You see, children—when given half a chance or when encouraged if only a little bit—love to give just as much as we do.

But unlike most adults, children want to know the reason for doing so.

Thankfully though, the film industry has once again come to our rescue and provided that reason.

Christmas is really about family and generosity.

You know that holiday film that gets played over and over again, the one that teaches this “lesson,” where someone learns that Christmas is really about family and generosity? I like that film, I really do, but it is still not quite accurate, is it?

Our lives should be about family.

Our whole year should be lived generously.

But for some reason, the adults in this and the previous generation have decided that this really captures the spirit of what the day, nay the season, is all about.

And I must admit that on some level this makes complete sense.

After all, a starving man requires water and bread, not a feast.

What I mean is, if we are even tempted to believe that one of the greatest moments in human history—the literal birth of the Saviour of the world—can be reduced to a series of bargain shopping, then refocusing on family and generosity may be a step in the right direction.

But for the children still encouraged to be free and critical thinkers, even this hardly passes the test. And that’s because kids ask honest questions, good questions, the kind of questions that we adults hate for them to pose because they challenge the status quo.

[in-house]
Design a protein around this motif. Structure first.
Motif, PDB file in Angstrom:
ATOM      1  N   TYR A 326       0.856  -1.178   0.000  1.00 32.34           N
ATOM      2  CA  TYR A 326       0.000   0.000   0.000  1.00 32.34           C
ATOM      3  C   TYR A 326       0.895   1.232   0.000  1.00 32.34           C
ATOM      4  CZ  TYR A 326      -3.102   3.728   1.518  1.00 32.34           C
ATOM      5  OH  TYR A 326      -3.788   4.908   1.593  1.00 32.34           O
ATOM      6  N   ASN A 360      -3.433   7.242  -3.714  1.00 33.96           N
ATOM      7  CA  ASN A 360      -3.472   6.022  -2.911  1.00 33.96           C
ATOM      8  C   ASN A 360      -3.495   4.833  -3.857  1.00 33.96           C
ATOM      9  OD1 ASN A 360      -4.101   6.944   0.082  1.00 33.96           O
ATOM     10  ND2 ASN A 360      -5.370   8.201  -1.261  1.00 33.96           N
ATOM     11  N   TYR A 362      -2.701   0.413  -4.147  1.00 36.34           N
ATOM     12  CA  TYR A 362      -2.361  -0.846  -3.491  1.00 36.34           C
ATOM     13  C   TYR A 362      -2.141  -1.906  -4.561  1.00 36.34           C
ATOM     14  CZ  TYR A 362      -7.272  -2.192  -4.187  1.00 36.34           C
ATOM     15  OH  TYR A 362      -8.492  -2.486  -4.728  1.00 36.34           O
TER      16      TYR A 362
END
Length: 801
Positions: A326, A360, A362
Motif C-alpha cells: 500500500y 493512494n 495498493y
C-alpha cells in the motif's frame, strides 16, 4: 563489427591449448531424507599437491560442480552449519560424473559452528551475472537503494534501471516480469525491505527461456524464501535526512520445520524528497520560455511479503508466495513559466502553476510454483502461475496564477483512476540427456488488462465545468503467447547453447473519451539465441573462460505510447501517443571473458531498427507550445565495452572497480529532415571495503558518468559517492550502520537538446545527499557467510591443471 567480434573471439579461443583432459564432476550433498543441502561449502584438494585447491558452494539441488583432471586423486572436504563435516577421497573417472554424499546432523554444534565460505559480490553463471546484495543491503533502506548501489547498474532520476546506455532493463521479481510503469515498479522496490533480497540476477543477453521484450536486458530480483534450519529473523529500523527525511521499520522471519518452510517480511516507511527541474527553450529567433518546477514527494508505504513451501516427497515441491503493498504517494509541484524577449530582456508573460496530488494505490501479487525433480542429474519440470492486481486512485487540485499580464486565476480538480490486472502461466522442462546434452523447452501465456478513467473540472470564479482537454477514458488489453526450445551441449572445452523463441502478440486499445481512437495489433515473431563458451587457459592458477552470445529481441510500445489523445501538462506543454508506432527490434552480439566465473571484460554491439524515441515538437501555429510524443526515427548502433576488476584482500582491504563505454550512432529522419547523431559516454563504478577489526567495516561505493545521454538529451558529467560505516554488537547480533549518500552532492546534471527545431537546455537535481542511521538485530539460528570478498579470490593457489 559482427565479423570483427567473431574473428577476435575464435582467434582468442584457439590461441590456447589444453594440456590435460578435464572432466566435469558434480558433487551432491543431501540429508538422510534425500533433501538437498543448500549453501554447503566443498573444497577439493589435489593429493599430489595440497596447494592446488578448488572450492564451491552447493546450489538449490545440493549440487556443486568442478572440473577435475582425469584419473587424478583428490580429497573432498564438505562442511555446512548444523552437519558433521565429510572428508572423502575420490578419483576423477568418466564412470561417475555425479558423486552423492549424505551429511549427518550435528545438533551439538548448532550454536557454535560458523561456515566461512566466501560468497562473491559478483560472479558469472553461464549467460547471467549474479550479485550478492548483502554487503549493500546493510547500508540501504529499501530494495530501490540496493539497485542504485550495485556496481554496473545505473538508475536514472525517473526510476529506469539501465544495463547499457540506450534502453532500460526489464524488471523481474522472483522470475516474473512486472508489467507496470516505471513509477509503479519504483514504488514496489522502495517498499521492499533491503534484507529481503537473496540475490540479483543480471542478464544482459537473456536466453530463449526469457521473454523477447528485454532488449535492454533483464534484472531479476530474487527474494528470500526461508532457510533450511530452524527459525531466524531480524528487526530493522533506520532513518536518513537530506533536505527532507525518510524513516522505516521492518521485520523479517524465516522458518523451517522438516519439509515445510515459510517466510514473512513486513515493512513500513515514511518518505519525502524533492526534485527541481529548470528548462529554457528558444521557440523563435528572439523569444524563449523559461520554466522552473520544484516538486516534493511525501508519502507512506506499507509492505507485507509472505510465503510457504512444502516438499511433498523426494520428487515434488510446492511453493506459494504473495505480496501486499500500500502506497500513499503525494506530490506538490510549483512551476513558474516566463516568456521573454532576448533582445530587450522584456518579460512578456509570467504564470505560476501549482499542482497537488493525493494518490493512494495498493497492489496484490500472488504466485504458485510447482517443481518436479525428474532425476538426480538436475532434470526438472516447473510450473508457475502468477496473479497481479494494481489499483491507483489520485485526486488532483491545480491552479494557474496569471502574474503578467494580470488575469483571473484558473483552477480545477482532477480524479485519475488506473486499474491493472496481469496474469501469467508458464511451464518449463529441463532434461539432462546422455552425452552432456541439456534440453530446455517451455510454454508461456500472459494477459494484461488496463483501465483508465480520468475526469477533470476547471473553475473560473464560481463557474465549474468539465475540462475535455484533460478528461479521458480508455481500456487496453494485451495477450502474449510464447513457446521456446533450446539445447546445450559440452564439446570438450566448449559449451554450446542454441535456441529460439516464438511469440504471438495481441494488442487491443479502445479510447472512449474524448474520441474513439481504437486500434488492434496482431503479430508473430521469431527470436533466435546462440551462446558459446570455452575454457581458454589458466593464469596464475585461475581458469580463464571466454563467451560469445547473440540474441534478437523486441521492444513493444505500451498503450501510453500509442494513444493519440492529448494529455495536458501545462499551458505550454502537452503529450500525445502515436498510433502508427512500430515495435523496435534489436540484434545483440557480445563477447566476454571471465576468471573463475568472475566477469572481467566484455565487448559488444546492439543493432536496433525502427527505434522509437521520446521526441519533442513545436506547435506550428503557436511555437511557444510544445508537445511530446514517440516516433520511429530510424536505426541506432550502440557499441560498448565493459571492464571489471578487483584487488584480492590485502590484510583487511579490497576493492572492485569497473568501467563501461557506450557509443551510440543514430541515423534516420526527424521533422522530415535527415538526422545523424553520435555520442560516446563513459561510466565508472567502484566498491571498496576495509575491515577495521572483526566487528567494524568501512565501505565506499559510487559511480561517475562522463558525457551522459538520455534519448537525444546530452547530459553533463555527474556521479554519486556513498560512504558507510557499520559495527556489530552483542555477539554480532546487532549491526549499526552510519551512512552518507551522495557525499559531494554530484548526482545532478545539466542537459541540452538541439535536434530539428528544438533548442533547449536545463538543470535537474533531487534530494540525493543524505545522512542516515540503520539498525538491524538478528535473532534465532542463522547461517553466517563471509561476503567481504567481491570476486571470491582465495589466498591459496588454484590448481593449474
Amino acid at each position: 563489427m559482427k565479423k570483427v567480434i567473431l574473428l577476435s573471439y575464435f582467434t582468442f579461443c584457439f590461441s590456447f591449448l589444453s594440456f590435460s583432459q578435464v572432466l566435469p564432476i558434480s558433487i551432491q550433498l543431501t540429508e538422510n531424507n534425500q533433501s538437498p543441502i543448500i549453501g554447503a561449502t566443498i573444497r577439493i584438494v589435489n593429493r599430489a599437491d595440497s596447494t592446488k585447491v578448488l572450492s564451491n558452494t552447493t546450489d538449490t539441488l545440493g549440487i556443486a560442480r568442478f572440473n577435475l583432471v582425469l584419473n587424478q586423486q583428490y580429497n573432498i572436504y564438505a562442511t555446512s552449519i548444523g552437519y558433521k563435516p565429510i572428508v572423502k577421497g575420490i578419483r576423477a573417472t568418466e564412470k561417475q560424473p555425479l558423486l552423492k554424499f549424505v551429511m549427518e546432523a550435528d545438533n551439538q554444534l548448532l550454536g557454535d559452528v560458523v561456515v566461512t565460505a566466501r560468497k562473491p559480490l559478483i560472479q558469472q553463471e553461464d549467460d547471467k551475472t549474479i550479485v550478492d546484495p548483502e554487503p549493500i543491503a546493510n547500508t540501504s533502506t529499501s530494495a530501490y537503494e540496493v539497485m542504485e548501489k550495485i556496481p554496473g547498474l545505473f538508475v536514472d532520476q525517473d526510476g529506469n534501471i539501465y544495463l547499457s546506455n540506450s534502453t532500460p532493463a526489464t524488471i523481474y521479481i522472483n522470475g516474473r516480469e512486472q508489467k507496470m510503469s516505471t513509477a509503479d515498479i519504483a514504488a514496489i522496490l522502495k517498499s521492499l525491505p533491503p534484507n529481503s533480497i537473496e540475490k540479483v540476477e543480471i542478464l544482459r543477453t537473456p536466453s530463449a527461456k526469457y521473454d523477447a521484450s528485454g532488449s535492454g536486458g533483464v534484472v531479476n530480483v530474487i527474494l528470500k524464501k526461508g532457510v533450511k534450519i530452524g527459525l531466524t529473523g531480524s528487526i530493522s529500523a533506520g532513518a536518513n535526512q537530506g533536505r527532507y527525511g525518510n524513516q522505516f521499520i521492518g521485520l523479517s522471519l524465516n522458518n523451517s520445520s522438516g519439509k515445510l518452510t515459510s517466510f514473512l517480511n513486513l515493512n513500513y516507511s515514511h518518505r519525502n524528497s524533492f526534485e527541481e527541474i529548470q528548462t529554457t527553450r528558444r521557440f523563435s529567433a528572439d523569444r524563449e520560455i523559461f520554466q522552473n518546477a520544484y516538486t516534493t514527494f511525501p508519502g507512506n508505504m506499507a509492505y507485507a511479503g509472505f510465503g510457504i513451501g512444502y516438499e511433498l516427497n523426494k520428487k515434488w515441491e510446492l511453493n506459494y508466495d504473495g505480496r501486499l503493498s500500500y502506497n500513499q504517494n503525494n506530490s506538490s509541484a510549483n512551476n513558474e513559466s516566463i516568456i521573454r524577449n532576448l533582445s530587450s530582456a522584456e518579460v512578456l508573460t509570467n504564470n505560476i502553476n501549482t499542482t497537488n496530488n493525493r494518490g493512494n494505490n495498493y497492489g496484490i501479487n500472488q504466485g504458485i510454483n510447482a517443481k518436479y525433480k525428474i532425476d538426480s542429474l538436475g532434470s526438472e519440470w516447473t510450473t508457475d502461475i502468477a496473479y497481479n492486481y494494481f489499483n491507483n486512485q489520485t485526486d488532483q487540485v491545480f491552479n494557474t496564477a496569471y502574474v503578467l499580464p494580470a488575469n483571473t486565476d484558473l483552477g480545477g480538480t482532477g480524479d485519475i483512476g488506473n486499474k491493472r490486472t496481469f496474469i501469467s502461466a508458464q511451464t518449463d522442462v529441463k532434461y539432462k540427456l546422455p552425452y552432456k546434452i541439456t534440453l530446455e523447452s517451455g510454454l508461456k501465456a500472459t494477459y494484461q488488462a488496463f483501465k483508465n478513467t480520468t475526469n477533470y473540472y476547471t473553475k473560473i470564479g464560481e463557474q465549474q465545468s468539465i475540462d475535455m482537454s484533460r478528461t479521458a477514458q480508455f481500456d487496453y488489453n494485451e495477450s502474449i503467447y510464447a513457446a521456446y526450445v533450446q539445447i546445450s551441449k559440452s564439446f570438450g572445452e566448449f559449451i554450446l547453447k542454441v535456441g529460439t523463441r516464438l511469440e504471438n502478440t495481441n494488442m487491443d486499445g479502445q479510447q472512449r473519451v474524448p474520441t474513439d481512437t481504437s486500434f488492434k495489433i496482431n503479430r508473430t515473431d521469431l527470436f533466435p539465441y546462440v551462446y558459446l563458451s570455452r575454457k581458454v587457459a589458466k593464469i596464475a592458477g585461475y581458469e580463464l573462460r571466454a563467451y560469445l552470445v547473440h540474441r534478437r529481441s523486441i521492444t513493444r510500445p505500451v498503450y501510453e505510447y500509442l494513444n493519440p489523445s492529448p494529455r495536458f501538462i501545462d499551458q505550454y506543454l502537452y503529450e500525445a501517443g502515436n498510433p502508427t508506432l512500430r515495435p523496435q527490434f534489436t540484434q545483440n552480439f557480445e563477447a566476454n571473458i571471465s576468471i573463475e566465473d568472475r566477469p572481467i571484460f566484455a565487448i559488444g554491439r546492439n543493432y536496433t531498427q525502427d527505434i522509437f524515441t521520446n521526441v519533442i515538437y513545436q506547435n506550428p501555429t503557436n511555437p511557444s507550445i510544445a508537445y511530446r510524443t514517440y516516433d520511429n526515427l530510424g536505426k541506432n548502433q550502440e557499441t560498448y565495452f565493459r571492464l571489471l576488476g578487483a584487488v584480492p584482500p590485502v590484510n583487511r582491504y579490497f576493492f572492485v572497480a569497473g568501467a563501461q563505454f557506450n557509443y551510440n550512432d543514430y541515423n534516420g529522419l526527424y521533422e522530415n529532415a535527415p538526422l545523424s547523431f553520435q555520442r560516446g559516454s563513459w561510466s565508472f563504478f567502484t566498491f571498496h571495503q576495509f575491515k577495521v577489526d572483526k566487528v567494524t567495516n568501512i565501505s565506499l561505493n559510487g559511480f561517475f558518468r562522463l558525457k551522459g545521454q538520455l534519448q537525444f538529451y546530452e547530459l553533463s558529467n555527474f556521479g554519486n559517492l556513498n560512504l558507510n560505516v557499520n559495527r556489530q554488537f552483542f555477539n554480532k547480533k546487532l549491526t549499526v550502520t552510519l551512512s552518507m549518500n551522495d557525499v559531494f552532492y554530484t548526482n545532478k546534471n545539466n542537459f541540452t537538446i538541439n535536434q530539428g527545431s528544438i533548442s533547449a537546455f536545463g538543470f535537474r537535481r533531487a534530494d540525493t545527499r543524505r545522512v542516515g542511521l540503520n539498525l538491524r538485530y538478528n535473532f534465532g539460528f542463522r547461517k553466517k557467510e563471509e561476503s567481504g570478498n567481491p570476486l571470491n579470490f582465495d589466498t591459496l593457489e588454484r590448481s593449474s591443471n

“Shouldn’t we be kind all year round?”

“Shouldn’t we want to be with our family as often as possible?”

“Shouldn’t we …?”

“Shhhhh …” that’s the adult response. And it offends the intelligence of children greatly.

Kids understand that there is always a choice to be kind or not, or to be giving or not.

What’s more is that they understand that this choice should be motivated by our reasoning—by how we see the world.

That’s why they ask and will continue to ask until they either learn to conform or not care:

What is Christmas really about?

Is it about getting more stuff?

Is it a special time we have mutually agreed upon where everyone should be nice?

Or is it about an event that took place two thousand years ago; an event that changed how we see the world and everyone in it?

That’s the real answer.

And children everywhere are asking you to give it.

in Christ,



Patrick Sullivan is a Catholic Speaker and the President of Evango, a Catholic Media Organization that seeks to build a culture of Catholic evangelization and missionary discipleship. Patrick travels internationally to speak at Catholic events, parenting conferences, and to lead retreats and parish renewal missions. He is the creator and host of Me & My House, the Catholic parenting program that is transforming how we minister to parents in our dioceses, parishes, and communities. Patrick lives in beautiful Barry’s Bay, Ontario with his loving wife, Kyla, and their nine children.